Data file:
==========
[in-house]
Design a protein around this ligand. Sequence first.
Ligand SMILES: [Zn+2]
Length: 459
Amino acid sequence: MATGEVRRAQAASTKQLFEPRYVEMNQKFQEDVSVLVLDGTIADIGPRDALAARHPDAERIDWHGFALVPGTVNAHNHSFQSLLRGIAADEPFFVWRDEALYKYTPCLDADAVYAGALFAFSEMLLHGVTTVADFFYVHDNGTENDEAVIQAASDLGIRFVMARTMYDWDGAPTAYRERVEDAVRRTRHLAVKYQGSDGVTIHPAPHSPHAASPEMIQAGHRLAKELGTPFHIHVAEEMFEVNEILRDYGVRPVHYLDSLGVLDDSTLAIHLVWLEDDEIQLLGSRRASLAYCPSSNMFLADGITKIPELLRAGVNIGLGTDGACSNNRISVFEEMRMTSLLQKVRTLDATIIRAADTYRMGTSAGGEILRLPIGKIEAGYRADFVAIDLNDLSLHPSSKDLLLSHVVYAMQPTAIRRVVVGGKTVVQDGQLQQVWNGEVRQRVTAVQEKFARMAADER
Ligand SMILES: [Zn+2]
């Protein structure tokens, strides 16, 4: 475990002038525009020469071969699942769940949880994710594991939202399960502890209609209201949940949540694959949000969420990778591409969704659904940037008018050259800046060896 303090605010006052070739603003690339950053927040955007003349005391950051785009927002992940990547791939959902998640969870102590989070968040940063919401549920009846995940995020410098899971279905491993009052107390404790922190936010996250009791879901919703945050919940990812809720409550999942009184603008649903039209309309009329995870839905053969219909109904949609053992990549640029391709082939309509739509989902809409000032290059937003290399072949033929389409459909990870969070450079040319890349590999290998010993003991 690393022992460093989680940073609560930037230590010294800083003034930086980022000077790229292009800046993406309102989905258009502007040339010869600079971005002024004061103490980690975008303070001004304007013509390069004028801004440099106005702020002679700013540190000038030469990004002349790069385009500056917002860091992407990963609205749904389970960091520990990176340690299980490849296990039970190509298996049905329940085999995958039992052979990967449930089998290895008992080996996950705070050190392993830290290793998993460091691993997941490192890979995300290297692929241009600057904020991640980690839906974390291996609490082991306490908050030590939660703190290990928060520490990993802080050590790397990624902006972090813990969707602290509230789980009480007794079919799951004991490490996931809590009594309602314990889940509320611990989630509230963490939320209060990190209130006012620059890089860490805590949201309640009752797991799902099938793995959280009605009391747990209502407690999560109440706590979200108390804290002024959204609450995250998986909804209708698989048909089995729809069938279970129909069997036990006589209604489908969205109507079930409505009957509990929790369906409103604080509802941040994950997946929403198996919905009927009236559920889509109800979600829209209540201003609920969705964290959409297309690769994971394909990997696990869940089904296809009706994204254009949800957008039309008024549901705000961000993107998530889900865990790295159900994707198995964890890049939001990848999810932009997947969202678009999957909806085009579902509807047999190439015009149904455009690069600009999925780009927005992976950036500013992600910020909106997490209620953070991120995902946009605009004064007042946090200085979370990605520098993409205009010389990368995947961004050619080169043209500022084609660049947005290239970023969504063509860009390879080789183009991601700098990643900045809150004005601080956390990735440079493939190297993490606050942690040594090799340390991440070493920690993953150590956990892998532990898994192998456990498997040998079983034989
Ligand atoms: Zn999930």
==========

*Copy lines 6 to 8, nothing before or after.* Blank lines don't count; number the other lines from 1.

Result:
Ligand SMILES: [Zn+2]
């Protein structure tokens, strides 16, 4: 475990002038525009020469071969699942769940949880994710594991939202399960502890209609209201949940949540694959949000969420990778591409969704659904940037008018050259800046060896 303090605010006052070739603003690339950053927040955007003349005391950051785009927002992940990547791939959902998640969870102590989070968040940063919401549920009846995940995020410098899971279905491993009052107390404790922190936010996250009791879901919703945050919940990812809720409550999942009184603008649903039209309309009329995870839905053969219909109904949609053992990549640029391709082939309509739509989902809409000032290059937003290399072949033929389409459909990870969070450079040319890349590999290998010993003991 690393022992460093989680940073609560930037230590010294800083003034930086980022000077790229292009800046993406309102989905258009502007040339010869600079971005002024004061103490980690975008303070001004304007013509390069004028801004440099106005702020002679700013540190000038030469990004002349790069385009500056917002860091992407990963609205749904389970960091520990990176340690299980490849296990039970190509298996049905329940085999995958039992052979990967449930089998290895008992080996996950705070050190392993830290290793998993460091691993997941490192890979995300290297692929241009600057904020991640980690839906974390291996609490082991306490908050030590939660703190290990928060520490990993802080050590790397990624902006972090813990969707602290509230789980009480007794079919799951004991490490996931809590009594309602314990889940509320611990989630509230963490939320209060990190209130006012620059890089860490805590949201309640009752797991799902099938793995959280009605009391747990209502407690999560109440706590979200108390804290002024959204609450995250998986909804209708698989048909089995729809069938279970129909069997036990006589209604489908969205109507079930409505009957509990929790369906409103604080509802941040994950997946929403198996919905009927009236559920889509109800979600829209209540201003609920969705964290959409297309690769994971394909990997696990869940089904296809009706994204254009949800957008039309008024549901705000961000993107998530889900865990790295159900994707198995964890890049939001990848999810932009997947969202678009999957909806085009579902509807047999190439015009149904455009690069600009999925780009927005992976950036500013992600910020909106997490209620953070991120995902946009605009004064007042946090200085979370990605520098993409205009010389990368995947961004050619080169043209500022084609660049947005290239970023969504063509860009390879080789183009991601700098990643900045809150004005601080956390990735440079493939190297993490606050942690040594090799340390991440070493920690993953150590956990892998532990898994192998456990498997040998079983034989
Ligand atoms: Zn999930």